Patricia Pearl - Small Claims Procedure - A Practical Guide


An excellent guide for the layperson in how to use the County Court - a must if you are intending to start a claim.

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  1. #1
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    Default A landlord's right of access

    It is often asserted that a landlord, even if the tenant has agreed to it in the tenancy agreement or lease, may not enter premises without the consent of the tenant. Whilst on the whole it is wise for a landlord (and especially a landlord of residential premises) to proceed on the basis that that is the law, I do not think it is in fact the law.

    There is no rule of law that says that a landlord may not exercise any right of entry he reserves. A tenant must of course not be harassed. Apart from that he has a right to quiet enjoyment, but that right needs to be read as if it were qualified by any right reserved that allows the landlord to enter, so long as he behaves reasonably. It is not easy to say what is reasonable. Since the exercise of the right is not dependent upon a court saying it can be exercised there must be circumstances, apart from a case of genuine emergency, where it is not unreasonable for a landlord to enter without consent and even where consent is refused, but it is a brave landlord who thinks he knows what the circumstances are.

    If you want a more detailed consideration of the question, read on.

    To put the question is a wider context, no interesticon in land, whether freehold or leasehold, is ever absolute in the sense that the whole world can be excluded or that the law permits you to do what you like on your own land. First and obviously you cannot commit a crime. The law allows aircraft to invade your airspace. The ownership of mines and minerals such as coal, gas and oil is determined by statute and such as gold and silver by the common law. You may not do anything on your land which interferes with any natural rights of drainage or support enjoyed by your neighbour. The law does not allow you to commit a legal nuisance on your land. Certain activities or changes may require the permission of a competent authority. There are any number of statutory rights of entry.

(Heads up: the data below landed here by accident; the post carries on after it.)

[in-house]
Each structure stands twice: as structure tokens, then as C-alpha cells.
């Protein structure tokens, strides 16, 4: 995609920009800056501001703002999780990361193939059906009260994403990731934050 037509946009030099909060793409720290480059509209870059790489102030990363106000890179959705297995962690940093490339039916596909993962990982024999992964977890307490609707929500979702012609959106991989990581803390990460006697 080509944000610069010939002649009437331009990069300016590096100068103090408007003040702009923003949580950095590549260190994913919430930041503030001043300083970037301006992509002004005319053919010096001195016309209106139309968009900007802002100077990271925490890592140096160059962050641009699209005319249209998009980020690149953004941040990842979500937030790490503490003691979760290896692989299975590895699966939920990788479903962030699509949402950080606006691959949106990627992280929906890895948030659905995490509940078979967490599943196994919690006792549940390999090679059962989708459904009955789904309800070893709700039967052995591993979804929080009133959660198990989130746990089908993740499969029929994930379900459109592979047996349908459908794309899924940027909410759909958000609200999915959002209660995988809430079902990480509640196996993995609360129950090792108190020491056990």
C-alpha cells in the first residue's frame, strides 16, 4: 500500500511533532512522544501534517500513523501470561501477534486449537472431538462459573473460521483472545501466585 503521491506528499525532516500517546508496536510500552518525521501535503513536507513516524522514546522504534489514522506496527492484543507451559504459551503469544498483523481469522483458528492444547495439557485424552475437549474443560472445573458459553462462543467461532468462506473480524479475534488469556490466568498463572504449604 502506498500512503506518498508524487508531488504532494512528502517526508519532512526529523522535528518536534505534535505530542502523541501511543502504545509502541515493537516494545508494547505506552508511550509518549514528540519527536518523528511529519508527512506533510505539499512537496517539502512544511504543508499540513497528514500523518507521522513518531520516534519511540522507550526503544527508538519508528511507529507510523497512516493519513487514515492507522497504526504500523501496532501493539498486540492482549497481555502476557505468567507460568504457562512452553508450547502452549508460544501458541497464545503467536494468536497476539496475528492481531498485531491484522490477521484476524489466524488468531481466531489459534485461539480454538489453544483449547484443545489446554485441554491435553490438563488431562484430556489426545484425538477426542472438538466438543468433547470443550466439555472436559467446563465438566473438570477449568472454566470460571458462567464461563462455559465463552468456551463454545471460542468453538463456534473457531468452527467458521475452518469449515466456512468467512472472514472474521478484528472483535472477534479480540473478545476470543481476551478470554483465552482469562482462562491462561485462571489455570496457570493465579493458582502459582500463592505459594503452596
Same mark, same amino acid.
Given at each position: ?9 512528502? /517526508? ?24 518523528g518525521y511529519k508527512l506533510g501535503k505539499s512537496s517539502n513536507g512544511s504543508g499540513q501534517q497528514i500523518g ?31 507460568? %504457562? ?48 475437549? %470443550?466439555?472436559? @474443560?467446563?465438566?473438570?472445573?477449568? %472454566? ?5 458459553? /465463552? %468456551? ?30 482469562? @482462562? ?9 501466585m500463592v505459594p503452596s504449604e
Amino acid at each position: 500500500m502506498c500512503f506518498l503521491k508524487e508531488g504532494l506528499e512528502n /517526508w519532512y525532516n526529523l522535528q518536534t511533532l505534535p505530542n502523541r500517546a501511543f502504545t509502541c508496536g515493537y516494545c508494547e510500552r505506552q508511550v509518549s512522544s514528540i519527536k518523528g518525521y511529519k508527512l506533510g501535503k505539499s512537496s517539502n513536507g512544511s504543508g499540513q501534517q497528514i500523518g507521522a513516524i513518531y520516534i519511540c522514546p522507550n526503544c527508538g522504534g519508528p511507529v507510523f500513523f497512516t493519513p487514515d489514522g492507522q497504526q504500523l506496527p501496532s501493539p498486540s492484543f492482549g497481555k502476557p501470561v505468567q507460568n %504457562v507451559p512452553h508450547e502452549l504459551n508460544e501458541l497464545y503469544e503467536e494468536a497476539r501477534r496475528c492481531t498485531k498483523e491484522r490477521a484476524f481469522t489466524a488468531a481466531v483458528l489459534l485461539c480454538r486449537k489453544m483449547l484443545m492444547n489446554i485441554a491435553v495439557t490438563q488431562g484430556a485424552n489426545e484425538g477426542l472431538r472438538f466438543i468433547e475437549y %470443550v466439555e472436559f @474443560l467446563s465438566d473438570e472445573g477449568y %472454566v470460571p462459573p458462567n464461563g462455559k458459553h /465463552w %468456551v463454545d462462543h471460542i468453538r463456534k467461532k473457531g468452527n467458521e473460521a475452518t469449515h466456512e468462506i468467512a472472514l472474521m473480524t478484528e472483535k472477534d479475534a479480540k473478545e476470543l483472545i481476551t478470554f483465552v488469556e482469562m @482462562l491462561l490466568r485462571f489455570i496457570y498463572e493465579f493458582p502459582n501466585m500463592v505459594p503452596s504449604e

When it comes to land law, which is private and not public law, rights exercisable over land may be agreed (and in some cases implied) and a landowner may agree to restrict the use of his land in some way. In particular, rights of access (not to be confused with rights of way) may be granted or reserved.

    If the owner of a property wishes to go onto his neighbour's land to carry out repairs there are two possibilities:

    A. He has an easement that allows him to go onto the land. The easement can only be exercised for the purposes stated and according to the terms of the grant and must in any event be exercised reasonably. If the neighbour declines to allow or prevents access an application may be made to the court to enforce the right.

    B. He does not have an easement and the neighbour refuses consent. In that case, if certain conditions are fulfilled, the court may, if asked, make an order allowing access under the Access to Neighbouring Land Act 1992. Access is then allowed for the purposes specified in and subject to any conditions imposed by the order. Once the works permitted have been carried out and all conditions complied with the order effectively becomes a dead letter and any future access requires a new order.

    The difference between A and B is that in A the right of access exists without the intervention of the court, even if it may prove necessary to ask the court to enforce the right, but that in B the right only exists by virtue of the court order. This distinction should be kept in mind.

    When it comes to tenancies the starting point is this: a tenancy is an arrangement in which the landlord gives up his right to exclusive possession (that is possession in the sense of occupation) and hands it to the tenant in exchange for (usually) money. Ignoring the intervention of statutes such as the Protection From Eviction Act 1977, the tenant's right to exclusive possession is strengthened by two things: